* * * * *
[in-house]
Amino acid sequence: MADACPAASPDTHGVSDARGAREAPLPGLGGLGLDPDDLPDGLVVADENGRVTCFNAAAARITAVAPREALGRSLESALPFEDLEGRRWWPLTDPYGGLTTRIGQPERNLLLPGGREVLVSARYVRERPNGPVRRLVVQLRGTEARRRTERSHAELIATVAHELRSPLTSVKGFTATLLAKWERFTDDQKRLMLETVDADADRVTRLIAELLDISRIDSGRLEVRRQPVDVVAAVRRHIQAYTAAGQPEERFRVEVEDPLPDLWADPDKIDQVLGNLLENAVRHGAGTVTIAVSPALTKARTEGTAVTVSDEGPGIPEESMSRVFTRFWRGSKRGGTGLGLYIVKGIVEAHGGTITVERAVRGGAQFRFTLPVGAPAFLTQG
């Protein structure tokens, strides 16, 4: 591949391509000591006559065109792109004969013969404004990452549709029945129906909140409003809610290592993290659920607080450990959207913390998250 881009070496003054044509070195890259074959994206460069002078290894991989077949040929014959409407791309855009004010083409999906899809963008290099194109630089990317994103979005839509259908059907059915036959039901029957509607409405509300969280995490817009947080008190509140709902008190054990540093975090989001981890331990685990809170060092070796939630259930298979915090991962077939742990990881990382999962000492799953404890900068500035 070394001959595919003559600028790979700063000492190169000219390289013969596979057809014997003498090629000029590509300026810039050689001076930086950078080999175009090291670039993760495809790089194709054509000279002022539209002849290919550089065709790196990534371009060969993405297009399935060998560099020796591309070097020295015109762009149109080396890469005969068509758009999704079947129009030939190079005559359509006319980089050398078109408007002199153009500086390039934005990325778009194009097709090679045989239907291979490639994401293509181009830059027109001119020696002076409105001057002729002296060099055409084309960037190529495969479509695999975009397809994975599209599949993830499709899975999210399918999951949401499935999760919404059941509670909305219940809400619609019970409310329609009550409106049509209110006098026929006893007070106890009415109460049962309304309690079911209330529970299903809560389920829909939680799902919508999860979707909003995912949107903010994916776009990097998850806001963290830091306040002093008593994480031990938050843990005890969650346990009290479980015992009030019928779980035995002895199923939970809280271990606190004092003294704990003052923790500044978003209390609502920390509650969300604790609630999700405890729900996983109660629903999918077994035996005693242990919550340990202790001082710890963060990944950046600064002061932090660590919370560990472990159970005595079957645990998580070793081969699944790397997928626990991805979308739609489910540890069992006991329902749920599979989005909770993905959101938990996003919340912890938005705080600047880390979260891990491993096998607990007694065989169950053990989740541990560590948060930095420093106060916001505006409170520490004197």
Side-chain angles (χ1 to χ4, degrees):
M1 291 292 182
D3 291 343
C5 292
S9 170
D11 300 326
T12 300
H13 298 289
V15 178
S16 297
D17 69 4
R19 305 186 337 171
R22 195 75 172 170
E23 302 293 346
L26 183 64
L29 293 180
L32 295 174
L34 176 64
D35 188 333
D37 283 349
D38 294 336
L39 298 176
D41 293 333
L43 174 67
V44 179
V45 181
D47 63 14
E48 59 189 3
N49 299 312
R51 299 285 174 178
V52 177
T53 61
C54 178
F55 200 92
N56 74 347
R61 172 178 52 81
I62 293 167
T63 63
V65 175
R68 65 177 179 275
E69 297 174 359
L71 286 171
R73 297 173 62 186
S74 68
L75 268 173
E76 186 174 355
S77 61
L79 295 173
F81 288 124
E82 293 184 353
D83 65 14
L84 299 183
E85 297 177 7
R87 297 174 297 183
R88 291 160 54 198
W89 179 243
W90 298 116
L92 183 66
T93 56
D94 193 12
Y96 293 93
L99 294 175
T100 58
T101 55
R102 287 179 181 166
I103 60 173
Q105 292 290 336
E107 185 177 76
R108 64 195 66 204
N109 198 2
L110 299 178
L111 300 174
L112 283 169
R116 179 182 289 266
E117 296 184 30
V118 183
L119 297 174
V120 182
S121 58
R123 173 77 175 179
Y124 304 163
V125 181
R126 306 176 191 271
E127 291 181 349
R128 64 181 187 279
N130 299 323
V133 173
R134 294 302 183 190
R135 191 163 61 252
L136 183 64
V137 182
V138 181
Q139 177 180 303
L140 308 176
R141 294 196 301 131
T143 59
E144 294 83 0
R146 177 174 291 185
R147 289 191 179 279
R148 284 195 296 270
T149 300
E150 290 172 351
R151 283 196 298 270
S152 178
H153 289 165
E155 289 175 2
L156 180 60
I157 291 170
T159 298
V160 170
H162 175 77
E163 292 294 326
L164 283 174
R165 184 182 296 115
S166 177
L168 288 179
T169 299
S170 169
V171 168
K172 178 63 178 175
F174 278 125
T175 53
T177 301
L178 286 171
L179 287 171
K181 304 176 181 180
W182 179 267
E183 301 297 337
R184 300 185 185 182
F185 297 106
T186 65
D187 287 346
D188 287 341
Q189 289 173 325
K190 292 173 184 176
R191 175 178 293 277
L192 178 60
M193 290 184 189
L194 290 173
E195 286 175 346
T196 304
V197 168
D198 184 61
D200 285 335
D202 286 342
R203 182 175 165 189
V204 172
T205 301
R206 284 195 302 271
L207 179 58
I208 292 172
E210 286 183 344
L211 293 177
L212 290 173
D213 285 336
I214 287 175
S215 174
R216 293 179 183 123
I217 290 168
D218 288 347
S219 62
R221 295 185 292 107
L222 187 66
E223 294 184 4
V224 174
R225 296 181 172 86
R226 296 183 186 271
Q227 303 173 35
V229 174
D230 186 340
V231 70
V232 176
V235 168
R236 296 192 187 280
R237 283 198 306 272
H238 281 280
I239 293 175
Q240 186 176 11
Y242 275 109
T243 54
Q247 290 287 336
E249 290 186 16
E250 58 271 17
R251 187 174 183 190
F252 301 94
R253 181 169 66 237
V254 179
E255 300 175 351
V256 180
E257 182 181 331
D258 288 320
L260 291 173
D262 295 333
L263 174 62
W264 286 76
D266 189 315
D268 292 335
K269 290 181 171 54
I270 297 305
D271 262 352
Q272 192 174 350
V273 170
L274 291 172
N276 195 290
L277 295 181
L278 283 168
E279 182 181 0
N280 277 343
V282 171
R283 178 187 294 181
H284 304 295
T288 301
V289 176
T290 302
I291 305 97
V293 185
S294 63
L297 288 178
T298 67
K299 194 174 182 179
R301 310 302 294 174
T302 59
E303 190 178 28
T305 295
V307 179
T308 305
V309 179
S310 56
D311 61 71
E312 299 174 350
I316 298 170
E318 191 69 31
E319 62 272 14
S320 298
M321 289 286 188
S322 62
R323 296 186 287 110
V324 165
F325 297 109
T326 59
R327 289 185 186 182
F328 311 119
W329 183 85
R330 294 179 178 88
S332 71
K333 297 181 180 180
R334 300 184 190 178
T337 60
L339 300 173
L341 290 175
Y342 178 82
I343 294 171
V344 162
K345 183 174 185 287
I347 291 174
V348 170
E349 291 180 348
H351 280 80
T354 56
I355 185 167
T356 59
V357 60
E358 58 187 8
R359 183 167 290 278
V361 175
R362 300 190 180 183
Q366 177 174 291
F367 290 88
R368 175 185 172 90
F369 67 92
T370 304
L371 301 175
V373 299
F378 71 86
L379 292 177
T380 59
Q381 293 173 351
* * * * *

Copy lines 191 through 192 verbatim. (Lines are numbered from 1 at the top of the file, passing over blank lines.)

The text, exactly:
E255 300 175 351
V256 180